Abstract 9639: Pre-Transplant Circulating Antibodies Predict Development of Antibody-Mediated Rejection after Heart Transplant Using the New ISHLT Antibody-Mediated Rejection Pathology Grading Scale
Purpose: Pre-transplant circulating antibodies have been associated with the development of antibody mediated rejection (AMR) following heart transplantation. The new pathology antibody mediated rejection scale was developed in 2009 and now the diagnosis of antibody mediated rejection is standardized through this pathology scale. We chose to assess whether pre-transplant circulating antibodies do indeed lead to more pathology antibody mediated rejection according to the new International Society for Heart and Lung Transplantation (ISHLT) AMR grading scale.
Methods: Between January 1, 2010 and July 1, 2011 we evaluated 106 heart transplant recipients for their pre-transplant percentages of peak panel reactive antibody (PRA). Patients were divided into the following subgroups depending on the percentage of peak pre-transplant PRA: peak PRA 0-9% (n = 67), PRA ≥ 10% (n = 39), PRA ≥ 25% (n = 31), PRA ≥ 50% (n = 25), PRA ≥ 75% (n = 19), and PRA = 100% (n = 4). The endpoints of this study were first-year pathology antibody mediated rejection and treated antibody mediated rejection. Treated antibody mediated rejection was mainly due to symptoms of heart failure and or decrease in left ventricular ejection fraction.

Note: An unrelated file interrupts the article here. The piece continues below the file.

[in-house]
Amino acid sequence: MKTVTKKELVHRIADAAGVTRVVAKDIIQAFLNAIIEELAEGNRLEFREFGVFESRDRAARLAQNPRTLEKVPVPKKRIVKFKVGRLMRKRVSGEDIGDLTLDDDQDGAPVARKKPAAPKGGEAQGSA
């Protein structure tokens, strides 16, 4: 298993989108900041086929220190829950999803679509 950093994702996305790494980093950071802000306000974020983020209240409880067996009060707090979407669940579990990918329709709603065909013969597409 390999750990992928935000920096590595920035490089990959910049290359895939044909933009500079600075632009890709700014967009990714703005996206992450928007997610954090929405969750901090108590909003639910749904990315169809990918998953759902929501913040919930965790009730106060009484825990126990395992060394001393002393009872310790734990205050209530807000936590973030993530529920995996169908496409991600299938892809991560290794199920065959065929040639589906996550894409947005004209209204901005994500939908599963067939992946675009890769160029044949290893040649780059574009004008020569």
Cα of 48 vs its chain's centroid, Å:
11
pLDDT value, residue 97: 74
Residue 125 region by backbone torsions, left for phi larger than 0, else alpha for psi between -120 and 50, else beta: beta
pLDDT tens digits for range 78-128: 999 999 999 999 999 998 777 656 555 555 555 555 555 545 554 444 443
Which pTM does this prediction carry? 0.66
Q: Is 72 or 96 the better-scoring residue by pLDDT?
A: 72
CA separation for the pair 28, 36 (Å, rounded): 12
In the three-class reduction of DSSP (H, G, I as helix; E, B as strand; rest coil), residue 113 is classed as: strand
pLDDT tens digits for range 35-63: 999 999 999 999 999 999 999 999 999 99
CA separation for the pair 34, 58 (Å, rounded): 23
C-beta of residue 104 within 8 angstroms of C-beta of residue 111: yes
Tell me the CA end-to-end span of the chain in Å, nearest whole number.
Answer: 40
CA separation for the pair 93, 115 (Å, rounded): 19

Results: Patients with higher pre-transplant PRA's had significantly more pathology antibody mediated rejection in the first-year after heart transplantation compared to patients with a peak PRA 0-9% (see table). The number of treated antibody mediated rejection episodes also increased with higher PRA's, which were also significantly different from the peak PRA 0-9% group.
Conclusion: Pre-transplant circulating antibodies appear to predict pathology antibody mediated rejection according to the most recent ISHLT grading scale. This appears to confirm that pre-transplant circulating antibodies greater than 10% is a threshold for antibody-mediated rejection and therefore consideration for augmentation of immunosuppression should be considered.
- © 2012 by American Heart Association, Inc.